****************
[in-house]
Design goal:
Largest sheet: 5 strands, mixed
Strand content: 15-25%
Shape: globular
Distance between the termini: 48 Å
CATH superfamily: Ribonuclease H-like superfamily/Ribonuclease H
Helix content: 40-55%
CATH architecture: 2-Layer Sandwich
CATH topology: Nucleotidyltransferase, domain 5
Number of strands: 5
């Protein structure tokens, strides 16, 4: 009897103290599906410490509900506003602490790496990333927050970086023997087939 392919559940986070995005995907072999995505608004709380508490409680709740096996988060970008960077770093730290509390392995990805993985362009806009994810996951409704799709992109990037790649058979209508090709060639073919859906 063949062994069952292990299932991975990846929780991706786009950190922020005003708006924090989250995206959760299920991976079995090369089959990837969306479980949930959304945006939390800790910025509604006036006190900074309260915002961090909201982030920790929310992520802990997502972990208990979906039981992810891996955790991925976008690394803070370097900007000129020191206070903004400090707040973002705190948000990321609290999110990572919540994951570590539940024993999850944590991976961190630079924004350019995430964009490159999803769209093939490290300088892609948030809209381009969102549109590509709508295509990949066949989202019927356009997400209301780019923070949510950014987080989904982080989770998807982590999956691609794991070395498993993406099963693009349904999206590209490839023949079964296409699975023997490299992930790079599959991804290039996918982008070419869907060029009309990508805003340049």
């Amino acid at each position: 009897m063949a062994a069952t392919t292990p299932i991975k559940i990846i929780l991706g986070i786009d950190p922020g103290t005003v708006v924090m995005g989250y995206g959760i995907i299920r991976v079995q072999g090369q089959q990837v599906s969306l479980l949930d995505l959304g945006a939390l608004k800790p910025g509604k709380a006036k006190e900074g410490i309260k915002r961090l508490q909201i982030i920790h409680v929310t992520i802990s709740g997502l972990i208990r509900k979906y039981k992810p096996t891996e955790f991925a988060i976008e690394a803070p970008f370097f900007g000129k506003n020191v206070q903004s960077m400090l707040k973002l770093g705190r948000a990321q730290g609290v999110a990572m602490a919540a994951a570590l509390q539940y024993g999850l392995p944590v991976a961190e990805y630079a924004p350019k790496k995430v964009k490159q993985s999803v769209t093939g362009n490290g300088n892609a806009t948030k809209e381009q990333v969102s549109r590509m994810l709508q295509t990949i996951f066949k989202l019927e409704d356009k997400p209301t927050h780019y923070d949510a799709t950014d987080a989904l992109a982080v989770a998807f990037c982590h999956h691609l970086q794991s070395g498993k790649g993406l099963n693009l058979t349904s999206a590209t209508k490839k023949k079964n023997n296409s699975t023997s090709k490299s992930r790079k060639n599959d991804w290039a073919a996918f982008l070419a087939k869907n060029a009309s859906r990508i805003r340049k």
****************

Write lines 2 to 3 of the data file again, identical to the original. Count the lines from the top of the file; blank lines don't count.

Design goal:
Largest sheet: 5 strands, mixed